2. Top right corner you see an icon usually having a colored circle with a letter (could be something
    else if you have customized).
  3. Click on it and a drop down menu is shown.
  4. Click on apps which takes you to where you can add apps to Nextcloud (take a look there are lots
    of them)
  5. Look for the app: OCC Web
  6. Install this app and then return to your default screen (files)
  7. There is a new icon in the top left:
  8. Click this icon and it brings you to the OCC web prompt from there you can run all of those
    wonderful OCC commands.
  9. I ran: files:scan --all and took about 5 minutes for 36Gb
  10. All of the commands are laid out in this documentation:

If this helps just one person - then it was worth it.

PS: I did the documentation and when I went to post it - it says new users can only post 2 images. Never seen that before…seems a little Orwellian.

And I just got word that somebody has finally responded- Kudos



Thanks RdedR.

My problem was how to actually get to an OCC prompt.

As you can see by my previous post I solved it with an app from the Nextcloud store.

Kudos to you for actually responding. There are some classy users out there thank goodness.


That is a way of doing it as long as you have access to the Nextcloud GUI. In some cases you won’t e.g. being locked up in maintenance mode or so. Then you can open the Linux Terminal and execute the Occ commands on the command prompt outside of Nextcloud.

Excellent! Good dialogue that takes the answer even further.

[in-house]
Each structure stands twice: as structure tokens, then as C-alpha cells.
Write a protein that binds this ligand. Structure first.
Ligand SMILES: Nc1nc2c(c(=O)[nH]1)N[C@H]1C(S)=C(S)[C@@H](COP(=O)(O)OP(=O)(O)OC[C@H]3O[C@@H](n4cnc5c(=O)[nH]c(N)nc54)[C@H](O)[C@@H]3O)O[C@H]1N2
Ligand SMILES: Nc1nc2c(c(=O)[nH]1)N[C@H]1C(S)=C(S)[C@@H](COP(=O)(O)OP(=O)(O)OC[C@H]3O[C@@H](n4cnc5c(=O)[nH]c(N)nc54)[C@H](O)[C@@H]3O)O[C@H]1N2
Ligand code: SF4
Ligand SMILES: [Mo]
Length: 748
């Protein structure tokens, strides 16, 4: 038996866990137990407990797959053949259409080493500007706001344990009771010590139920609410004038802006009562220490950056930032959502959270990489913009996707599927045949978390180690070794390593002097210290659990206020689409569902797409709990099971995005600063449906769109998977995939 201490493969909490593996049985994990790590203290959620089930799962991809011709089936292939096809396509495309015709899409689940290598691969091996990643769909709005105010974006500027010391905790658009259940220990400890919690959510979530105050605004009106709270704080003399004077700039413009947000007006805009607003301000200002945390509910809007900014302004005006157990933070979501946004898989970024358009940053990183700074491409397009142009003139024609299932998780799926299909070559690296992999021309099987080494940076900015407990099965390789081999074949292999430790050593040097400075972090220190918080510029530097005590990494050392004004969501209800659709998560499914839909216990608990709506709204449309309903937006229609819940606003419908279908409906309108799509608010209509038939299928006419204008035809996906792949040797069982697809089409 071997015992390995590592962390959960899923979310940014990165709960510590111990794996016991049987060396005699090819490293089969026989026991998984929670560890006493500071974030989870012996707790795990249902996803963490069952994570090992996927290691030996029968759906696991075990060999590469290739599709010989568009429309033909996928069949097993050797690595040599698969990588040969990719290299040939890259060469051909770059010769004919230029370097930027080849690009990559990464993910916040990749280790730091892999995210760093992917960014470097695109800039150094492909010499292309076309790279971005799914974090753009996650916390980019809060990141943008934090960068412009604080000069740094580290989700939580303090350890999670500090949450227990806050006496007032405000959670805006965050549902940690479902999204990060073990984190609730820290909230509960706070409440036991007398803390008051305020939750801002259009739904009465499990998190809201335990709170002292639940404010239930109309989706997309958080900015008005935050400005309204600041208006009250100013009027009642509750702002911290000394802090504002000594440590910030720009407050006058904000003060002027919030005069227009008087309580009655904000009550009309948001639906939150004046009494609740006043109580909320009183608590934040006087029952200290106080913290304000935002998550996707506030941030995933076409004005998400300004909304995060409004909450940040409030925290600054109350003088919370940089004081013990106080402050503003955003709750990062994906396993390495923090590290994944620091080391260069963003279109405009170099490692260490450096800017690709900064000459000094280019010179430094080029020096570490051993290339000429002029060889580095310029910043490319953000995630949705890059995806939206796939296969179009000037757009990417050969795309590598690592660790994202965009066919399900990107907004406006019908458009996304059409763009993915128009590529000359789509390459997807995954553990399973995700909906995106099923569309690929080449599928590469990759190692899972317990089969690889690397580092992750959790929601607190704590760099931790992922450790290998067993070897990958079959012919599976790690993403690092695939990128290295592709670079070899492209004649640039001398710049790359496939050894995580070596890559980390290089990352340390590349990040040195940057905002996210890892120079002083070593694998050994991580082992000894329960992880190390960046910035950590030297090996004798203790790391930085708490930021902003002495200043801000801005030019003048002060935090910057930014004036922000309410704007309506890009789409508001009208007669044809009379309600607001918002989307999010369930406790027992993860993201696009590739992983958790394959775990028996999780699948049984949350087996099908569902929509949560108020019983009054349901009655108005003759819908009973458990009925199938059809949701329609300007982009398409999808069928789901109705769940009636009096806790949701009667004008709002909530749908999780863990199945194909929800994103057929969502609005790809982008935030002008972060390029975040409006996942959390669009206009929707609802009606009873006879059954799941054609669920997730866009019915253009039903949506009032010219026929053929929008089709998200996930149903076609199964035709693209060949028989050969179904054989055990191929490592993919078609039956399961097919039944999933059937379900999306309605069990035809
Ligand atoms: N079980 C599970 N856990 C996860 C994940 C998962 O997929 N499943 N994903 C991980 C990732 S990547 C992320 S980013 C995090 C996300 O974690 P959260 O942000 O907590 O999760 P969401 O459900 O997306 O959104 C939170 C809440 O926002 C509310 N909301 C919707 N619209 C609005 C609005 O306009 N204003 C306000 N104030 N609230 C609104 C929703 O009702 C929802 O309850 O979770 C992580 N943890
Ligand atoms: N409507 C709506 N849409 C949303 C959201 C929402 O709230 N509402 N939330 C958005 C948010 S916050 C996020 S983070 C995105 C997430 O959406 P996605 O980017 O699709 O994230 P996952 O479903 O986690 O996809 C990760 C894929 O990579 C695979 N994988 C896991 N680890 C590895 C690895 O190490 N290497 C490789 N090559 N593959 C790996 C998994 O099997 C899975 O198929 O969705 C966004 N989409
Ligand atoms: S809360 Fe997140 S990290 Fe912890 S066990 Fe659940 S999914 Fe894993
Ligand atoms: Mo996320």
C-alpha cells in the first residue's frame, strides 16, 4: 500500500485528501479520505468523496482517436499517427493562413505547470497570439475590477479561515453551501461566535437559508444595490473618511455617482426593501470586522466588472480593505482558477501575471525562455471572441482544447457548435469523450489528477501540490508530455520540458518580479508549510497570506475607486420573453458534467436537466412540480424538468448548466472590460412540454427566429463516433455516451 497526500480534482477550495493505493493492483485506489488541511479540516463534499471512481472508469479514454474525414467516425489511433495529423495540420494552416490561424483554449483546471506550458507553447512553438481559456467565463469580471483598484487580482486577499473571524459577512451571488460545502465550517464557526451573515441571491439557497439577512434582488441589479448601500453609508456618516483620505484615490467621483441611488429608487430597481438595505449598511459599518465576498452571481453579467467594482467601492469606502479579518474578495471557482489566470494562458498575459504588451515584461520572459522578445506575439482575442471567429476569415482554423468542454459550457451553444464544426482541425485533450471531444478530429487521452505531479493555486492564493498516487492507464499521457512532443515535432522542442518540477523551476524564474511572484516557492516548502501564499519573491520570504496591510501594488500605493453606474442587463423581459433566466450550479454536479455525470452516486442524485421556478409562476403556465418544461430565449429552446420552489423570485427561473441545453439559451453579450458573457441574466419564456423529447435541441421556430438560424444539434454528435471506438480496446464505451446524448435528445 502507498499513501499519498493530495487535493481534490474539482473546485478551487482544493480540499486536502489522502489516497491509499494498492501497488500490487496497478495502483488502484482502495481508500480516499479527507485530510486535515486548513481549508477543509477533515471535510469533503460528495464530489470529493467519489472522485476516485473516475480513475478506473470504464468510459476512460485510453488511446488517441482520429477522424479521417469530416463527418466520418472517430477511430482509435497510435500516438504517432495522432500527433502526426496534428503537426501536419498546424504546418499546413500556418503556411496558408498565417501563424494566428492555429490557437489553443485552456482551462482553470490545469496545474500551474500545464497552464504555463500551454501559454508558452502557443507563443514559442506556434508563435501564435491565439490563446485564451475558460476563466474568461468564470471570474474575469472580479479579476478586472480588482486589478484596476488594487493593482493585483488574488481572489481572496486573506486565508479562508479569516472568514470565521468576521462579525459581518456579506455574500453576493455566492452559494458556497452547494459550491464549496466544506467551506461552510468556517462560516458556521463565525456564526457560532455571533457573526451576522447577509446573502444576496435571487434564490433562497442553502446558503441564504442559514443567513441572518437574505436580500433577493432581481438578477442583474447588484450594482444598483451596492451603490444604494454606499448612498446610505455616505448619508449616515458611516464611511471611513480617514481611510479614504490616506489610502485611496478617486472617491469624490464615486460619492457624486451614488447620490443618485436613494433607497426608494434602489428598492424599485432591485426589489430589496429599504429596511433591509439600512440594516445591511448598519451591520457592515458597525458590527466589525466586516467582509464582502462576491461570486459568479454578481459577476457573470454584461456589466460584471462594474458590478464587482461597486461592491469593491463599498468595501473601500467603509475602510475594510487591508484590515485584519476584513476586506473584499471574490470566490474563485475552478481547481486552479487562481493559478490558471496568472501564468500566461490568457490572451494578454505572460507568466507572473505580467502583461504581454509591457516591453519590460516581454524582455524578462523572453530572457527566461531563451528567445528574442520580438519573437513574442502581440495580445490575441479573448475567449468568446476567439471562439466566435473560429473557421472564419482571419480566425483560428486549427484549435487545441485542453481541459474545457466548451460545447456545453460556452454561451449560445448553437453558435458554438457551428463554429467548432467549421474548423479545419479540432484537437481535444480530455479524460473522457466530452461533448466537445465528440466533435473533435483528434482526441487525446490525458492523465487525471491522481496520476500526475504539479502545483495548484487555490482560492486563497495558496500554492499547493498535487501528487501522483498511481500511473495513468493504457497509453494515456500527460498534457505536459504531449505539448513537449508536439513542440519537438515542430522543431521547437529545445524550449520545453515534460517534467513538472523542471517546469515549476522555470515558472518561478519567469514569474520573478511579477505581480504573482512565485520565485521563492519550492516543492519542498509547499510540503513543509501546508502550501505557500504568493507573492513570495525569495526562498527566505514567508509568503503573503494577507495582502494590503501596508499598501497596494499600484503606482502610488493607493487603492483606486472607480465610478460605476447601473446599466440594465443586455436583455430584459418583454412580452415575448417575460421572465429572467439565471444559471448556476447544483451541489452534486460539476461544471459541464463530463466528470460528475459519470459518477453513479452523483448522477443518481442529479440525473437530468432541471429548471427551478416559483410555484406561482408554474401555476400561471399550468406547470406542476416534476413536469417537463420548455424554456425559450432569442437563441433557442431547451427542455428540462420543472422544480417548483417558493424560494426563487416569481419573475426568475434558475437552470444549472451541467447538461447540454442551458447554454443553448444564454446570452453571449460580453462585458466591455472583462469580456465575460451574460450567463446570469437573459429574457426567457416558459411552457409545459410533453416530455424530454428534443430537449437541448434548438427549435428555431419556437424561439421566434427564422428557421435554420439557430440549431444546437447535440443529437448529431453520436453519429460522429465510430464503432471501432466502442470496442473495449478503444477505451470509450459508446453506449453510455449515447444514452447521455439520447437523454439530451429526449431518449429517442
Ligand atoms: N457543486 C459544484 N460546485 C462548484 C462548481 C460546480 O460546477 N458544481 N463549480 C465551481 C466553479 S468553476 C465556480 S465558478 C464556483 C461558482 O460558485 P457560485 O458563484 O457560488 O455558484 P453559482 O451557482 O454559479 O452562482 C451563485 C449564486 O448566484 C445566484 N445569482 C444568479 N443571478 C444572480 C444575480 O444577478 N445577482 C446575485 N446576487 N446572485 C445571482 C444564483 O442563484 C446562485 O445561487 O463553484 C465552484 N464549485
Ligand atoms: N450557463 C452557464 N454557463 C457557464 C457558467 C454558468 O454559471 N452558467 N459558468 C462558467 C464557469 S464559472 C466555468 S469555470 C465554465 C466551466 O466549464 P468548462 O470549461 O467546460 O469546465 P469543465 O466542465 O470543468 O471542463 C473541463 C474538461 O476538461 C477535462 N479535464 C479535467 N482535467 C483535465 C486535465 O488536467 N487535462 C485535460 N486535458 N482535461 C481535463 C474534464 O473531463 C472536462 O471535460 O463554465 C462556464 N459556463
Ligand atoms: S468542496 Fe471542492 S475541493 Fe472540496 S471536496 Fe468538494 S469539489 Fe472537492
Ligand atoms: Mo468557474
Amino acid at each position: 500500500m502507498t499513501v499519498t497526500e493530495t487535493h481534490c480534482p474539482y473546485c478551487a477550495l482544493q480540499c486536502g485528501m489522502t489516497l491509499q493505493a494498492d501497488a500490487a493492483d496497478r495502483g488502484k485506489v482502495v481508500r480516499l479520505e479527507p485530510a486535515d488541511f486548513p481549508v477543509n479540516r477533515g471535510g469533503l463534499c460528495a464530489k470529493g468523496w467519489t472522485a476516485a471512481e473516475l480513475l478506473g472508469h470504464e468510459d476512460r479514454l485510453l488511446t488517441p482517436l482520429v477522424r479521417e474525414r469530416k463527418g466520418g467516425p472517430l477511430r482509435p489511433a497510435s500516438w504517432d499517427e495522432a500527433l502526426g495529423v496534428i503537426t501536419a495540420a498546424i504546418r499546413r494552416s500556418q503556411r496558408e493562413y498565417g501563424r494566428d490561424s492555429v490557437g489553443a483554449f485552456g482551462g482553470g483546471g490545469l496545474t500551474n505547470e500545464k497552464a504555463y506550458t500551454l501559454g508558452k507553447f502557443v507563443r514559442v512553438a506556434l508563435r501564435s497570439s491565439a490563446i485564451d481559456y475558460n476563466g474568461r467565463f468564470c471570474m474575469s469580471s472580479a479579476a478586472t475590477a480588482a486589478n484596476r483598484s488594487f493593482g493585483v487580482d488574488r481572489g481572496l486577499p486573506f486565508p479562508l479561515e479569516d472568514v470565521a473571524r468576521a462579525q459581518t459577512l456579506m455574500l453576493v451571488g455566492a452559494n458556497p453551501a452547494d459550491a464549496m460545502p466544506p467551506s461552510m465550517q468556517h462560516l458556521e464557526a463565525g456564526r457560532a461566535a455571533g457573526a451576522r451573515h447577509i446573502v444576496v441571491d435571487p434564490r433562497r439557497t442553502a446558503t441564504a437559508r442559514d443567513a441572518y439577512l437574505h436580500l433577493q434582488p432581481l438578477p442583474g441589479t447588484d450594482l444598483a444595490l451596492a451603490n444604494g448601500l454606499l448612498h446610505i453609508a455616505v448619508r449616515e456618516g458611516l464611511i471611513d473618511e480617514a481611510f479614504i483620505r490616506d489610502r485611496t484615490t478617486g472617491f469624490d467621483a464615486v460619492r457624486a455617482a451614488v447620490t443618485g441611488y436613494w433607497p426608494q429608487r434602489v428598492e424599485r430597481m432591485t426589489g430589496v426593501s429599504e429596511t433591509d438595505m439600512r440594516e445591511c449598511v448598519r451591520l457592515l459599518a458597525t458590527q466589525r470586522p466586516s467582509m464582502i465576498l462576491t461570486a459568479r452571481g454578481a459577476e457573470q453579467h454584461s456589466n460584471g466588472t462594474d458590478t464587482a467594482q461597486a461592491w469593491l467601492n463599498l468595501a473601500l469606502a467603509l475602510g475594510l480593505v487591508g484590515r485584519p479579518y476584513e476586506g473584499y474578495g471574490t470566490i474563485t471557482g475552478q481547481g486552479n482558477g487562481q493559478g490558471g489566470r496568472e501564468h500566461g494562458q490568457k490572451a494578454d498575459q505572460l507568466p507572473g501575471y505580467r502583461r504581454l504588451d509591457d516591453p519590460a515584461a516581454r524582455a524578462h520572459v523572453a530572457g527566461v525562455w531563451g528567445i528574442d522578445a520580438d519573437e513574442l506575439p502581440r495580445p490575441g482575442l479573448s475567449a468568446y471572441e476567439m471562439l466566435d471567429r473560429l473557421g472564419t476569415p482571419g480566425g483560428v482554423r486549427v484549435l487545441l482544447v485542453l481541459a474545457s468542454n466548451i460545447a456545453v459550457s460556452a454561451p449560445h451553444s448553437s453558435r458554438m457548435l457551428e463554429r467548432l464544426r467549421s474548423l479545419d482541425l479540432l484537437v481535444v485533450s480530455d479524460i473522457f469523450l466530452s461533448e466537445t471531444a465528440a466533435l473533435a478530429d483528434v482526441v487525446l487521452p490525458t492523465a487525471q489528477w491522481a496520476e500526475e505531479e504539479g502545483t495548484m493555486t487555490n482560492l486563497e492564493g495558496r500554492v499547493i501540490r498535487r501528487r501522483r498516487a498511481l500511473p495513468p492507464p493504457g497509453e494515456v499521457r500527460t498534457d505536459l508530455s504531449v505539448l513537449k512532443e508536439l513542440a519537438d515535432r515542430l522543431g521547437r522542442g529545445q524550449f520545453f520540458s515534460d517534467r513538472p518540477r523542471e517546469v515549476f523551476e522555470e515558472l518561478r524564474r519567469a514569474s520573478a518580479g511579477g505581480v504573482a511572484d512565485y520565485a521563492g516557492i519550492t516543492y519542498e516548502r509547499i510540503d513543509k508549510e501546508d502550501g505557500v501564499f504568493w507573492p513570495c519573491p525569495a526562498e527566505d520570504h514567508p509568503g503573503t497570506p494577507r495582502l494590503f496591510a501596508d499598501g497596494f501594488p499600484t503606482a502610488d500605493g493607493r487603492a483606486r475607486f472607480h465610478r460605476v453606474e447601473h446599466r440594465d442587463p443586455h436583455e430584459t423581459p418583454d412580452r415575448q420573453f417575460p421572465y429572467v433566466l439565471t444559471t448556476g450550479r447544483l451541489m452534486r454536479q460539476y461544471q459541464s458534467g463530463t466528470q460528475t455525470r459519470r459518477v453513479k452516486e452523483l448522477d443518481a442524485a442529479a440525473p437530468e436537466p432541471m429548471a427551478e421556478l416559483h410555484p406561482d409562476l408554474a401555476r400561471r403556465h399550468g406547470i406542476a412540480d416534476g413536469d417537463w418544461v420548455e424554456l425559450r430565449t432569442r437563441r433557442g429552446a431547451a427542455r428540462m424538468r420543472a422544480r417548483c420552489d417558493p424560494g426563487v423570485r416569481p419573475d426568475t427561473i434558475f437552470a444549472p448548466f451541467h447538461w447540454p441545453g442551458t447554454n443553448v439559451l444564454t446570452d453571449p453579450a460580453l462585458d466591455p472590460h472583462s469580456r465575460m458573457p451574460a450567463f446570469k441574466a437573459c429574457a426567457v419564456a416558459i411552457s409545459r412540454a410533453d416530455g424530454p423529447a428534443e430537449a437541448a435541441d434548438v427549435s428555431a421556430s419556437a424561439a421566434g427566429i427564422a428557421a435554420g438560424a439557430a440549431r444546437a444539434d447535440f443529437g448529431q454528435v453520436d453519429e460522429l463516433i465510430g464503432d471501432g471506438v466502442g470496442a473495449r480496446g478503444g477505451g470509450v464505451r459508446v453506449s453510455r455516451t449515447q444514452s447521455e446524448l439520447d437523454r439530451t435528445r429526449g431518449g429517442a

Didn’t know that. :smiley:


Original POST by Paradox551
Look for the app: OCC Web

I just got on the forum and saw this thread but your solution is stupid and it’s understandable that people wouldn’t reply as it’s in the official nextcloud install guide.

OCC can be invoked as described in the official nextcloud guide here .

It works on a barebones install. If you are using docker or LXC you have to figure out how to send the commands through those applications. As a system administrator that is your responsibility as is security.

And that app? I wonder if you noticed it’s a third party app. There is a reason nextcloud developers don’t have an OCC terminal in nextcloud and it has nothing to do with possible security vulnerabilities

My response:

Wow angry much :open_mouth: . Obviously designed to start a flame war. Well I don’t do that - I prefer to educate.
Oh by the way I got this message when I logged in ((post withdrawn by author, will be automatically deleted in 48 hours unless flagged) I have included the original post just so we don’t forget about it. Admin tell you to take it down?